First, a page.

AirTab review: A few cut corners make for a thrifty piece of tech
- 22 June, 2020 14:43
Should you buy the AirTab?
If you’re lucky enough to already know for sure whether the AirTab can meet your needs and don’t mind a dash of amateurish hardware design, there’s a faustian bargain to be had here.
The AirTab is competitively-priced and eminently-capable but lacks the pomp, circumstance and dedicated portability found elsewhere. If those are corners you’re happy to cut, there’s a good chance this will fit the portable monitor niche you’re looking to fill. Otherwise, it’s something of a hard sell.
The AirTab undercuts its big-brand competition without too much trouble but it won’t take you long to see and feel the difference either.
Screen size: 15.6-inches
Resolution: 1920 x 1080
Ports: USB Type-C (x2)
Refresh rate: 60Hz
Response time: 4ms
Color Gamut: 72% NTSC
Dimensions: 355mm x 245mm x 4.9mm
Price when reviewed
The AirTab is priced at US$219 on Kickstarter, though early bird pricing does bring that down to US$199 (while stocks last).
Design and Performance
Currently crowdfunding on Kickstarter, the AirTab is billed as a lightweight third-party accessory that lets you easily give your phone, tablet, laptop or Nintendo Switch an upgrade via a bigger or secondary screen. It’ll even play nice with DeX-capable Samsung smartphones - which was the use-case I was most excited to test here.
The setup here is fairly simple and the form-factor is akin to one of the larger Apple iPad Pros. The AirTab is essentially a massive screen with a magnetically attached cover. This accessory can be folded over the back of the portable display when needed to form a functional but crude support structure. The material design here feels cheap but it gets the job done well enough, so long as the surface you’re using it on is suitably level and clean.
The front of the AirTab touts a single button that’s used to adjust the brightness. However, annoyingly, there’s no clear indicator of what mode the device is in at any time. You’re left to squint and guess.
The AirTab has two ports on it. Both are USB Type-C. One is on the bottom left edge of the display. The other sits parallel to it. One of these is used for charging. The other handles video input. Again - which is which is not really communicated, which can make setting up the AirTab a little vexing.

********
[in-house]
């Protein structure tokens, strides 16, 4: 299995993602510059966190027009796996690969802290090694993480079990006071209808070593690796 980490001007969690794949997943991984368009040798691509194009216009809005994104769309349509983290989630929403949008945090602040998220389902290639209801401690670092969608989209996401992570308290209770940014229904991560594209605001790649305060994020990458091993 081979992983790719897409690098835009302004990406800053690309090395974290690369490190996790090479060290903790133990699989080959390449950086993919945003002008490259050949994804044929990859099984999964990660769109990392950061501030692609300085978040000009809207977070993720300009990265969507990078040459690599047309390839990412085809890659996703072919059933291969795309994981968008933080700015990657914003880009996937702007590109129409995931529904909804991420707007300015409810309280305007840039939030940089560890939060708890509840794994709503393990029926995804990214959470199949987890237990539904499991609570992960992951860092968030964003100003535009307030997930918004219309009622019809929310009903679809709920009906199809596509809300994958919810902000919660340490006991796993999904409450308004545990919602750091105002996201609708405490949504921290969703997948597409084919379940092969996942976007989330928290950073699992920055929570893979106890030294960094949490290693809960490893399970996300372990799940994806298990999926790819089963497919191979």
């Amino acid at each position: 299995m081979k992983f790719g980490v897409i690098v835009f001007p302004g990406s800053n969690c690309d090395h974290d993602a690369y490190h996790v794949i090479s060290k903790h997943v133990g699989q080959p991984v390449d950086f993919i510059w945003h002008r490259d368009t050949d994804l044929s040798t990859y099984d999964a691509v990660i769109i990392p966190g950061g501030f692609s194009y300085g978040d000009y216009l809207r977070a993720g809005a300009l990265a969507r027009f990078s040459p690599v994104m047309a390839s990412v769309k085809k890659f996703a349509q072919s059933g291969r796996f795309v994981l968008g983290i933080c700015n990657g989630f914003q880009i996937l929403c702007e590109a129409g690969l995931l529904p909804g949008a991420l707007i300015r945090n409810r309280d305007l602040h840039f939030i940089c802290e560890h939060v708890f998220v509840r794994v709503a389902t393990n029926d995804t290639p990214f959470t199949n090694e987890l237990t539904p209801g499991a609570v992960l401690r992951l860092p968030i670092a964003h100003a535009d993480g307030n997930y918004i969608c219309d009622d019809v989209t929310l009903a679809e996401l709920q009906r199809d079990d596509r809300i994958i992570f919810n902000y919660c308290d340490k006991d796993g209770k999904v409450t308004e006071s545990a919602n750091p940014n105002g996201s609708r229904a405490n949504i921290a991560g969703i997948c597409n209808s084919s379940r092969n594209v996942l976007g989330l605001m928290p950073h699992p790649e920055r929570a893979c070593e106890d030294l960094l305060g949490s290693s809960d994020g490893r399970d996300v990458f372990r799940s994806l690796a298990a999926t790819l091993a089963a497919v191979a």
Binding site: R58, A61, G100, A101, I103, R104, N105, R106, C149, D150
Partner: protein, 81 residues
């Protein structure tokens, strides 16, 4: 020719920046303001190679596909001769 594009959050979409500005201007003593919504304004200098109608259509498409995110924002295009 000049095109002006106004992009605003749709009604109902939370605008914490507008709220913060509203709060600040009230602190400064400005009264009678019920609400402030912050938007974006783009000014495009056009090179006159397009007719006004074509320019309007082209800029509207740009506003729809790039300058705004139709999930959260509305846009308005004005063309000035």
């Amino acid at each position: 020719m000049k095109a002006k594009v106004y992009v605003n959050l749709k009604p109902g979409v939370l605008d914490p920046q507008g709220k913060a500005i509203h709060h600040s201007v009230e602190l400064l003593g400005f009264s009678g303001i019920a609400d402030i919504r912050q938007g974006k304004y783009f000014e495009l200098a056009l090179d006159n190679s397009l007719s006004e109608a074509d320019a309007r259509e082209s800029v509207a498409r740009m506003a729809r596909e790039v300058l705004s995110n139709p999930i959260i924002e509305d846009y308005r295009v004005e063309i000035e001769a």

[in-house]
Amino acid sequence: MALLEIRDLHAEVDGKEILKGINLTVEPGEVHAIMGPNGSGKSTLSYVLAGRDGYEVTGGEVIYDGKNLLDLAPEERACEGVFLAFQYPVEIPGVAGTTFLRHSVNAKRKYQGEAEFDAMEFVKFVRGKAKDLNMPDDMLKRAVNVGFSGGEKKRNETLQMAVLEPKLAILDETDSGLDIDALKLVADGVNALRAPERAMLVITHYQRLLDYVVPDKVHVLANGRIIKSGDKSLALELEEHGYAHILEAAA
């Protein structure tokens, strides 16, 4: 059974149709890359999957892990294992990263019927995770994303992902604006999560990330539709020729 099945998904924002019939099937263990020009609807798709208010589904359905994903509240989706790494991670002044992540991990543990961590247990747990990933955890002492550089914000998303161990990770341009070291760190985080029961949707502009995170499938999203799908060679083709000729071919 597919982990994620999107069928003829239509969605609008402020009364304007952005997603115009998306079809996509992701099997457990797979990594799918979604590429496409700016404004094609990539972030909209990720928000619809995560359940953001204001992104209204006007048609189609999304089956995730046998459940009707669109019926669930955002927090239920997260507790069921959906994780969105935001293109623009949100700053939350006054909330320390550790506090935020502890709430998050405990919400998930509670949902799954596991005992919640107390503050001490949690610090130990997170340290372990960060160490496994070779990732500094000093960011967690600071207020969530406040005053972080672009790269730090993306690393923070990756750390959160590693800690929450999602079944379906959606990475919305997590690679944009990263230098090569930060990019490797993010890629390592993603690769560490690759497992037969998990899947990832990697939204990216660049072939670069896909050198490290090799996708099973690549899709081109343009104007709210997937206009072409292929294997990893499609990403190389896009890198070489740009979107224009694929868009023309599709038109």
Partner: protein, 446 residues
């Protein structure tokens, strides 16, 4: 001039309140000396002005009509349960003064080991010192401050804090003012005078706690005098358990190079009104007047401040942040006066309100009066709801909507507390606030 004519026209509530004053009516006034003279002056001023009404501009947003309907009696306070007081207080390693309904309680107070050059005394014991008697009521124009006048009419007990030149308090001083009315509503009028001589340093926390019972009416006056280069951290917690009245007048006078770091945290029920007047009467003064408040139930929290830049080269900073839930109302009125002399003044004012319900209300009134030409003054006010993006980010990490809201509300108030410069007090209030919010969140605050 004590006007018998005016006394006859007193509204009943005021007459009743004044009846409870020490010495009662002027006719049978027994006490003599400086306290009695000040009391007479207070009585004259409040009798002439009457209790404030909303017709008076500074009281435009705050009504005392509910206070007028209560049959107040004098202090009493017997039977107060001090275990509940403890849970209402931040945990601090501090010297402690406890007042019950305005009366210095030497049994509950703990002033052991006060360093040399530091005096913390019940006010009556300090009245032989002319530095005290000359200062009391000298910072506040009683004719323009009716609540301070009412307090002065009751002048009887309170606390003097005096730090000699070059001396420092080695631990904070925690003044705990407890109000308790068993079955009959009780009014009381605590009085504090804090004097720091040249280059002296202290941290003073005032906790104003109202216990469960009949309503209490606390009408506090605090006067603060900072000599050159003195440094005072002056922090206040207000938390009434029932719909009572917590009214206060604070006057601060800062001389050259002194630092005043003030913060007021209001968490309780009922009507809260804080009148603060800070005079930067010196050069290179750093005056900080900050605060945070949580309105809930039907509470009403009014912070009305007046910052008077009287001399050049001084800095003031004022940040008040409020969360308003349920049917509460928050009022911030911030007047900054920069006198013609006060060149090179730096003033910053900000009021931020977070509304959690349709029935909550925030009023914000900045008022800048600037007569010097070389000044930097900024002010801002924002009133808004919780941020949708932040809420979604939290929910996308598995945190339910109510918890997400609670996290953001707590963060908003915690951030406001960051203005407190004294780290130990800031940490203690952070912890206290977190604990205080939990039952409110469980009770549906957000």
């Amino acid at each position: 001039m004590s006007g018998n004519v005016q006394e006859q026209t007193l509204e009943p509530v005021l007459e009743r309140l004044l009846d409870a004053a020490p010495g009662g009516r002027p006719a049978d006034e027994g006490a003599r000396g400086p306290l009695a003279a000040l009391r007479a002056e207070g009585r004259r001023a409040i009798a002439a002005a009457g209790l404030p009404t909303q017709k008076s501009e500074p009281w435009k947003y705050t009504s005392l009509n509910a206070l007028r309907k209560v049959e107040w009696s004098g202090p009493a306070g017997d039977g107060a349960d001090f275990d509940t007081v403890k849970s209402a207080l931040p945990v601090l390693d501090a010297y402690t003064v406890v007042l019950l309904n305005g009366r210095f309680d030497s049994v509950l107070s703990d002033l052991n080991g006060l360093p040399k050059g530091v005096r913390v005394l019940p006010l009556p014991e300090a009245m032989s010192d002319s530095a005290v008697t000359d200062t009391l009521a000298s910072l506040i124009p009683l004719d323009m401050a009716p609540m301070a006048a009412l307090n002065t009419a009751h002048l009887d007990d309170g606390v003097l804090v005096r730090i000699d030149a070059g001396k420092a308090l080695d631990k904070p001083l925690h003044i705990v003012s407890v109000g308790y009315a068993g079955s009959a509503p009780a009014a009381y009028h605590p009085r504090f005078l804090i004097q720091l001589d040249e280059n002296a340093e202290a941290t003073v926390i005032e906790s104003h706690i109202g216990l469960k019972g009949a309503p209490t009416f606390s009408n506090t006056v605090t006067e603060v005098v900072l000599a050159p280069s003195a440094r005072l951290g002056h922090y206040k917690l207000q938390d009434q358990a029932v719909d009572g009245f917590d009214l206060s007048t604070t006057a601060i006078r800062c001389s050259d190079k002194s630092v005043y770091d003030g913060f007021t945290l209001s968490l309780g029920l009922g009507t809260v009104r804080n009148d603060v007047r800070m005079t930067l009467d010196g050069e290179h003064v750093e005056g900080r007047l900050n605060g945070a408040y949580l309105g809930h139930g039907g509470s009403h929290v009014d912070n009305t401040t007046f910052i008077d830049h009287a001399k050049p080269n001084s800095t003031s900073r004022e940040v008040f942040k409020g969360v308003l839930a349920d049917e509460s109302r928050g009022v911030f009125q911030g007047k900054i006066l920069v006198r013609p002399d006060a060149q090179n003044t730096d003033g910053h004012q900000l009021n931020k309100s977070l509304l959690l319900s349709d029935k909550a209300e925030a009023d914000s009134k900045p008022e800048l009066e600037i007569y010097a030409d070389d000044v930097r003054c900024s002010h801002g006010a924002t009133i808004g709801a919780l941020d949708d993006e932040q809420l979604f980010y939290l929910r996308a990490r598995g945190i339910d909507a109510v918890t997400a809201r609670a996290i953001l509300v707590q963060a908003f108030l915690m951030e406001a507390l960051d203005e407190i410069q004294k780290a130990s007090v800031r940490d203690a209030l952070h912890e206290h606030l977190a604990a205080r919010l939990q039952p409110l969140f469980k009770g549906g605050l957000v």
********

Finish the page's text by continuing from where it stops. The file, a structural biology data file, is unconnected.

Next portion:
Tested for gaming via a smartphone, the AirTab worked like a charm but was let down by the fact that the audio still relied on my smartphone’s speakers. This meant that in-game audio often sounded pretty disconnected from what was happening on-screen.
My time with the AirTab also drew attention to one of USB-C’s biggest drawbacks: inconsistency. Some troubleshooting was often involved in getting my various devices to connect to the portable monitor and sometimes a cable that would work for one device wouldn’t work for others. I wasn’t able to get the Nintendo Switch to connect to the monitor at all and some cables would support Samsung’s DeX mode while others wouldn’t.
Update - after publication, the team behind the AirTab got in touch to clarify that the prototype unit I was sent doesn't support the Switch but the full product will.
After spending a bit of time messing with it. I suspect that the best use cases for the AirTab are likely going to be situations where you need to give your laptop a second screen’s worth of real estate to work with and have absolute confidence that the ports and cables involved in that maneuver are going to be up to scratch.
Spending $200 on a portable monitor is one thing but spending $200 on a portable monitor that might not even do the thing you want or need it to do is another.
It doesn’t help that the limitations inherent in the design of AirTab are hard to overlook. It doesn’t have any sort of standalone battery, so you’re only able to use this near a powerpoint. This harsh reality places a few annoying terms and conditions in the way of making the AirTab the kind of gadget you want to carry around with you.
The Bottom Line
Only a few years ago, the use cases for a product like this would have been far too limited for anyone but the team behind the AirTab to tackle. However, that’s not really the case anymore.
These days, brands like ASUS and Lenovo are offering portable monitor solutions that are more polished and technically proficient. Unfortunately, most of these options are also more expensive.
Inevitably, that raises the question: what’s the catch? Is the gamble worth it?
Ultimately, the answer to these questions is the expected. The AirTab is half the price of the alternatives but the drawbacks and shortcomings aren’t hard to spot. It falters on design but there’s a good chance that it’ll do what you need it to do. Of course, a good chance isn’t a guarantee.